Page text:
Impact of Expertise on Perception

Experts perceive information differently than novices. Experts have structured knowledge and experienced cognitive pathways that allow them to quickly identify the deep, functional relationships in a problem or situation. In contrast, novices tend to focus on surface-level details and struggle to see the underlying principles.

This insight is crucial for effective teaching. Rather than just exposing students to information, educators should focus on developing the cognitive pathways that allow students to think like experts. This means providing structured learning experiences that give students practice applying knowledge in meaningful ways, not just memorizing facts.

By understanding how expertise shapes perception, teachers can design instructional approaches that help students build the mental models and problem-solving skills of true experts. This shift from passive information delivery to active skill development is key to preparing students to think critically and tackle complex challenges.

Here are examples from the context that support the key insight about how expertise impacts perception:

  • Experts group chess pieces based on function, not proximity: In an experiment, chess experts grouped chess pieces based on how they were strategically related, while novices grouped them based on their physical proximity on the board.

  • Experts sort physics problems based on principles, not objects: Physics experts sorted physics problems based on the underlying physical principles needed to solve them, while novices sorted them based on the objects involved (e.g. springs, inclined planes).

  • Experts define classroom problems before solving them: Expert teachers first seek to define and understand a classroom management problem, while novice teachers jump straight into trying to solve it.

  • Experts make permanent changes, not just address the immediate issue: An expert teacher is more likely than a novice to make a permanent change, like rearranging seating assignments, to address the root cause of a classroom problem.

The key point is that experts perceive problems and situations at a deeper, more abstract level, focusing on the underlying functional relationships and principles, rather than just the surface features. This allows them to better understand the problem, generate appropriate solutions, and transfer their knowledge to new situations. In contrast, novices tend to focus on the specific details and objects involved.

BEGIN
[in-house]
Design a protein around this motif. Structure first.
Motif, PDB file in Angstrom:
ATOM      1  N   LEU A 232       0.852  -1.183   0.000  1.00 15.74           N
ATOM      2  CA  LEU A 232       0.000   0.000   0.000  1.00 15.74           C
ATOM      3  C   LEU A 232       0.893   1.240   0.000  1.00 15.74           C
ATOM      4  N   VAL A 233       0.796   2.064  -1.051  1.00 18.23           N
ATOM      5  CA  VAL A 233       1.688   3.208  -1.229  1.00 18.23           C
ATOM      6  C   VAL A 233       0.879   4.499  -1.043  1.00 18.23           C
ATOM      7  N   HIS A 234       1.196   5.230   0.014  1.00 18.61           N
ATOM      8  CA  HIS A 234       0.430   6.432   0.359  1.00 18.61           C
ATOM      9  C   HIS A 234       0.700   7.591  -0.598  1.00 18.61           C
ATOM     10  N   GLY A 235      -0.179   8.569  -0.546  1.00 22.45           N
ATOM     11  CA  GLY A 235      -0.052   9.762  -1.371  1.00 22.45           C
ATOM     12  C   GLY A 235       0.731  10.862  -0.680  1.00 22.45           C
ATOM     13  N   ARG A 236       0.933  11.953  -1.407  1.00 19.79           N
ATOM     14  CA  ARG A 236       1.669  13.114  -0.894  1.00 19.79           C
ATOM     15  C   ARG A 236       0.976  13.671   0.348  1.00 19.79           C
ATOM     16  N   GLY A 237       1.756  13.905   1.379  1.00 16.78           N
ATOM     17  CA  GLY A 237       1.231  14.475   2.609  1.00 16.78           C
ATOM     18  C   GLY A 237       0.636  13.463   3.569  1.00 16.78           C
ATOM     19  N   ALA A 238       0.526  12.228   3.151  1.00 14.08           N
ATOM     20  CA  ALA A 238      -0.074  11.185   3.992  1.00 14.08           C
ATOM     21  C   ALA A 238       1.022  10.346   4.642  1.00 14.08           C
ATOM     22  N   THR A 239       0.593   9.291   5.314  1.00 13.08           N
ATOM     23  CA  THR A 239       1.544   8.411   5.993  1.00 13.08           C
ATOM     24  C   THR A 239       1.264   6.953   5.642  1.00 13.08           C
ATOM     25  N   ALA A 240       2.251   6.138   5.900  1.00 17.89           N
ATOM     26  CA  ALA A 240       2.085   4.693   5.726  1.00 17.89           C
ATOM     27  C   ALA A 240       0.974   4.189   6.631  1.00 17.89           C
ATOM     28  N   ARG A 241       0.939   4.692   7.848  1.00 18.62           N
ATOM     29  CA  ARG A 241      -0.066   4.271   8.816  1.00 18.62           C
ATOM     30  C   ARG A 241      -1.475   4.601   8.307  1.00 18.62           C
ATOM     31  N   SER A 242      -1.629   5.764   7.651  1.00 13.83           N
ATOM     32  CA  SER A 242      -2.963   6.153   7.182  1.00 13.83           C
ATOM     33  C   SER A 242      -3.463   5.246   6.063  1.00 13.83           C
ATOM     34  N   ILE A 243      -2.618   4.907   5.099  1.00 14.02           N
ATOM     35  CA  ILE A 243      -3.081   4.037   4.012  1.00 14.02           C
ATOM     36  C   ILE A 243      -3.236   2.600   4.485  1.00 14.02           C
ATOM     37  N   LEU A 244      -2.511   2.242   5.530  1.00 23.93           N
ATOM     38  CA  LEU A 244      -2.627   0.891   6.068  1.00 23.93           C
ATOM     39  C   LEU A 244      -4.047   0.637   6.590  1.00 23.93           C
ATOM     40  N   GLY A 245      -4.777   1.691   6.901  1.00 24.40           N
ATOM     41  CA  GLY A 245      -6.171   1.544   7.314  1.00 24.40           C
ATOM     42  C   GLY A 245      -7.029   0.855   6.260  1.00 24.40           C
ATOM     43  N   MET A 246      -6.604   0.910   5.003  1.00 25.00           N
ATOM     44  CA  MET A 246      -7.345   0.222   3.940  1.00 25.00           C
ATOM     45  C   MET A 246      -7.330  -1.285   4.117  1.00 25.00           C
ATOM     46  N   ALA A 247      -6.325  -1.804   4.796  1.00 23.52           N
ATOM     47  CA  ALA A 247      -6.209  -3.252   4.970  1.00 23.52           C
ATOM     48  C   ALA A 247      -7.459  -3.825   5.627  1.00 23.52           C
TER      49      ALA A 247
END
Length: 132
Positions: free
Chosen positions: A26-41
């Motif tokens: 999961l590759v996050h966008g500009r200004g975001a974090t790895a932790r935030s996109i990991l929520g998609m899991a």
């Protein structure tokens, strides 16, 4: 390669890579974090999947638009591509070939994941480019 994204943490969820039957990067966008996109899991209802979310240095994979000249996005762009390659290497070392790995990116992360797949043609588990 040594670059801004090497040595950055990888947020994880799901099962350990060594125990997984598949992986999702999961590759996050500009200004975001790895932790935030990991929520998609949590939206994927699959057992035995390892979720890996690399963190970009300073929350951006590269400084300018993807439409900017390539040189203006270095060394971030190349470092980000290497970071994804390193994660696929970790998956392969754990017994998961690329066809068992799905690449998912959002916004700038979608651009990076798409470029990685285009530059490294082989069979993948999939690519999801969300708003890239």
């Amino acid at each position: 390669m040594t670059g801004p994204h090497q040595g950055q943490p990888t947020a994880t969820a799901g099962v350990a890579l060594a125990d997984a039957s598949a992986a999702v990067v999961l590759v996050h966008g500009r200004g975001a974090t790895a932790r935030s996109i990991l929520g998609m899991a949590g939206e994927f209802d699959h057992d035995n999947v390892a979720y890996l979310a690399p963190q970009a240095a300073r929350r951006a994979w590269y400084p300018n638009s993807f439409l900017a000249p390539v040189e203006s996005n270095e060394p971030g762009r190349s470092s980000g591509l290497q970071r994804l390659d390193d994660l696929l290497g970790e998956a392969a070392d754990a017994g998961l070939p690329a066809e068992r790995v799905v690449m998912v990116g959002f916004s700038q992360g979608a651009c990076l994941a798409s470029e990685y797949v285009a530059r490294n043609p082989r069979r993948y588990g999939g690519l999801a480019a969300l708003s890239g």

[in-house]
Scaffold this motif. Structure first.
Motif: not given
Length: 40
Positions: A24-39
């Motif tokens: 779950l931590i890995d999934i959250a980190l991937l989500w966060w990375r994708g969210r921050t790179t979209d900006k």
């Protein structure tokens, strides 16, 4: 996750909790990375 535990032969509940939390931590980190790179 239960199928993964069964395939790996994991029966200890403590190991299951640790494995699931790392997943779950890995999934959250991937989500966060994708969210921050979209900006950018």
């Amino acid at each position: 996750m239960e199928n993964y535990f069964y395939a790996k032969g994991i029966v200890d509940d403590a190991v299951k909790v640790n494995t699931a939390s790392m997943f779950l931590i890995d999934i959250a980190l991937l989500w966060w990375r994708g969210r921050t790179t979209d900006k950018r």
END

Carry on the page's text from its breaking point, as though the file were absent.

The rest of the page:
The Power of Stories in Learning

Stories are psychologically privileged - the human mind is uniquely tuned to understand and remember them. This means stories are treated differently in memory compared to other types of information.

Organizing a lesson plan like a story can be an effective way to help students comprehend and remember the material. The key elements of a story structure are causality (events are causally related), conflict (a protagonist pursuing a goal faces obstacles), complications (subproblems that arise), and character (strong, interesting personas shown through action).

Using this story structure doesn't mean the teacher has to lecture or tell stories the whole time. The structure applies to how the teacher organizes the material for students to think about, not necessarily the teaching methods used. Structuring lessons this way can make the content more engaging and memorable for students.

Here are examples from the context that support the key insight about the power of stories in learning:

  • The book states that stories are "psychologically privileged", meaning they are "treated differently in memory than other types of material." This suggests stories have a special cognitive advantage for comprehension and retention.

  • The book outlines 4 key principles of story structure: causality (events are causally related), conflict (a protagonist pursuing a goal faces obstacles), complications (subproblems that arise), and character (strong, interesting characters shown through action).

  • The book explains how this story structure helps communication, as the audience "knows the structure, which helps to interpret the action" and stories are "consistently rated as more interesting than other formats."

  • The book provides the example of the Star Wars story, where Luke Skywalker's goal to deliver stolen plans is met with obstacles like needing transportation off his home planet, leading to complications like meeting Han Solo. This story structure engages the audience.

  • The book contrasts a simple chronological telling of events versus one with causal connections, noting the latter is more engaging as the audience "must figure out that Luke intends to pretend Chewbacca is a prisoner" based on the story structure.

In summary, the context highlights how the psychological advantages of stories, with their causal, conflicting, complicated narratives centered on compelling characters, can be leveraged in teaching to enhance student engagement and learning.

Rejection of Learning Styles Theory